The U.S. economy expanded in the third quarter at a faster rate than previously estimated as consumers stepped up spending on services such as health care and companies invested more in software.
Gross domestic product climbed at a 4.1 percent annualized rate, the strongest since the final three months of 2011 and up from a previous estimate of 3.6 percent, Commerce Department figures showed today in Washington. The median forecast of 72 economists surveyed by Bloomberg projected a 3.6 percent pace after 2.5 percent in the second quarter.
Inventories accounted for a third of the gain in GDP in the third quarter, showing companies were confident about the prospects for demand. Stronger retail sales in October and November underscore the Federal Reserve’s view that the world’s largest economy is improving.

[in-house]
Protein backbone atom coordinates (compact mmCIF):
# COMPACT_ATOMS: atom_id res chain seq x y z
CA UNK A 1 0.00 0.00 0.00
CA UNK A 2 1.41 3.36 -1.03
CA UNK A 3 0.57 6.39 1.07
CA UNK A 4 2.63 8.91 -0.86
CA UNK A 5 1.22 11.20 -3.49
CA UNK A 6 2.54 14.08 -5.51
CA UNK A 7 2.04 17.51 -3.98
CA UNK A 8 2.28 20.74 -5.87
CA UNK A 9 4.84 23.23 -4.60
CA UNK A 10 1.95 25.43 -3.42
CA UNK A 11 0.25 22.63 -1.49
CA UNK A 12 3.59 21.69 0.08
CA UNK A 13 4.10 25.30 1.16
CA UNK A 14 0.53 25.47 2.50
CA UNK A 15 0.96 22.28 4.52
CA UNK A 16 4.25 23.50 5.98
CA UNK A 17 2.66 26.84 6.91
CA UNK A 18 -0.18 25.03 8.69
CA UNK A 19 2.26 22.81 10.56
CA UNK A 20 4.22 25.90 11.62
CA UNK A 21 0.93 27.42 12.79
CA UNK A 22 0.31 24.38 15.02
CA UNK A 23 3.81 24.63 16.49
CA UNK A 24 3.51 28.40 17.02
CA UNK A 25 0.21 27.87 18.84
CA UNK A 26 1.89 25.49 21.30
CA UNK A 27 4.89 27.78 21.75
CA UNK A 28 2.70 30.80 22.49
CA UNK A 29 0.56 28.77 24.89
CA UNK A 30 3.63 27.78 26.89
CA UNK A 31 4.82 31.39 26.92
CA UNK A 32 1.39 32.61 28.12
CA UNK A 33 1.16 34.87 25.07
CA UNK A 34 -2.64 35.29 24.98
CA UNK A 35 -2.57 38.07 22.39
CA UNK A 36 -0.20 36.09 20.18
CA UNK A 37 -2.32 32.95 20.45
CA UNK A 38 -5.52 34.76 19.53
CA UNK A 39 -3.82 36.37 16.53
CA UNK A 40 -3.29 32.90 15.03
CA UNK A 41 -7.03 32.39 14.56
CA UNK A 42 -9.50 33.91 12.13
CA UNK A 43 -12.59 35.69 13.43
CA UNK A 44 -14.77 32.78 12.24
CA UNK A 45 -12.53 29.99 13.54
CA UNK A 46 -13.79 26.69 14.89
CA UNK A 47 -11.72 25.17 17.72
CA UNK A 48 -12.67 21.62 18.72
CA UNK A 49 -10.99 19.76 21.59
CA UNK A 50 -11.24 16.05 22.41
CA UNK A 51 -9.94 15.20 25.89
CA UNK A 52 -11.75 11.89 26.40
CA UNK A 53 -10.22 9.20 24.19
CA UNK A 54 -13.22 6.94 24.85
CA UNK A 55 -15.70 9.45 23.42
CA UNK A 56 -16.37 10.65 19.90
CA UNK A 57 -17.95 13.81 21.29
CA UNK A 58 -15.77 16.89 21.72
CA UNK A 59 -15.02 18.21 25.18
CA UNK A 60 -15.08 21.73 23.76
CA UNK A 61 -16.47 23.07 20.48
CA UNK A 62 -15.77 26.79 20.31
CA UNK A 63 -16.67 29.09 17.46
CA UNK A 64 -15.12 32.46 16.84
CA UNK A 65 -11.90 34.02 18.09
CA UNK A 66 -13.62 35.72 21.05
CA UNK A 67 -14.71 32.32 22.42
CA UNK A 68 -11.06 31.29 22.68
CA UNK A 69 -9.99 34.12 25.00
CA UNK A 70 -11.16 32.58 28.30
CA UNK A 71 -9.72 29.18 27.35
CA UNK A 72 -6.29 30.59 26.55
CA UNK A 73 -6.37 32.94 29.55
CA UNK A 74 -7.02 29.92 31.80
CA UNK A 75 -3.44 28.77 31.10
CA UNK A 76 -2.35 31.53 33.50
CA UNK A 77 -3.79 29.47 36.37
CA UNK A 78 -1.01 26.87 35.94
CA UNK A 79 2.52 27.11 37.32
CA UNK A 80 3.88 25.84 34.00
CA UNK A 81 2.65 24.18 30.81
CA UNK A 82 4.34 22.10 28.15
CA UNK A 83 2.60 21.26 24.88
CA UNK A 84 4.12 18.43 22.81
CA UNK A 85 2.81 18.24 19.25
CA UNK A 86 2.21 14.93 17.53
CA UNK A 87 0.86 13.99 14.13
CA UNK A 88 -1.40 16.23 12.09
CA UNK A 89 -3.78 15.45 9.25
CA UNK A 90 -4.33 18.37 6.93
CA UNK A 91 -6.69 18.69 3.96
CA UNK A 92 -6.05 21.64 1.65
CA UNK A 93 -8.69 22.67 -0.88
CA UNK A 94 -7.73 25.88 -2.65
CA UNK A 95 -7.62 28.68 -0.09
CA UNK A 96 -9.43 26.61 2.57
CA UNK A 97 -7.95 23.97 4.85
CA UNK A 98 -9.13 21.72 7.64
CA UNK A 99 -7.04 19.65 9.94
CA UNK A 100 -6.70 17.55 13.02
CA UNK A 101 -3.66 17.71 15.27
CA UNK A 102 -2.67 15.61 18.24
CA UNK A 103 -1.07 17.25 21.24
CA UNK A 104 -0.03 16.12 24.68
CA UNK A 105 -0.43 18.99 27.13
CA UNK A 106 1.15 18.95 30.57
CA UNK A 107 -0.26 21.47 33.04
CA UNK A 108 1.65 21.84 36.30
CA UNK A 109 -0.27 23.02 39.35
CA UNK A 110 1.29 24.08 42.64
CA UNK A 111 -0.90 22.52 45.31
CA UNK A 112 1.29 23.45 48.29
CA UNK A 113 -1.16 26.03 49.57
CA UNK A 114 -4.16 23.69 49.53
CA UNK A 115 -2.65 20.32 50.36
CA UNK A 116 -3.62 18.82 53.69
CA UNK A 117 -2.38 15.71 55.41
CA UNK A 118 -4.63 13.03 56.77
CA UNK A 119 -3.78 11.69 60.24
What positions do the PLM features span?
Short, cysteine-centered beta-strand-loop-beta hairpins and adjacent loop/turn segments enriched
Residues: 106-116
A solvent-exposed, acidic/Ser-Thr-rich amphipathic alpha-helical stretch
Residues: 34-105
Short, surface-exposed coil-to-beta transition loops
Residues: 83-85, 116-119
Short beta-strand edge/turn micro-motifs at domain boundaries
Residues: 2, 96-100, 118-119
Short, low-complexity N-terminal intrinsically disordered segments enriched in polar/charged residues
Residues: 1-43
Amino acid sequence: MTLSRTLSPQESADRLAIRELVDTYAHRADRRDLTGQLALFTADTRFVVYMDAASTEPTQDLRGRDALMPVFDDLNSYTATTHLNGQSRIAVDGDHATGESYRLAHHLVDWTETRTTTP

“The wealth effects resulting from rising equities and house prices are being reinforced by improving conditions in labor markets, which is leading to pretty healthy gains in wages and salaries,” said Ben Herzon, a St. Louis-based economist at Macroeconomic Advisers LLC. “All of that is coming together to create accelerating private domestic demand, which bodes well for GDP growth heading into next year.”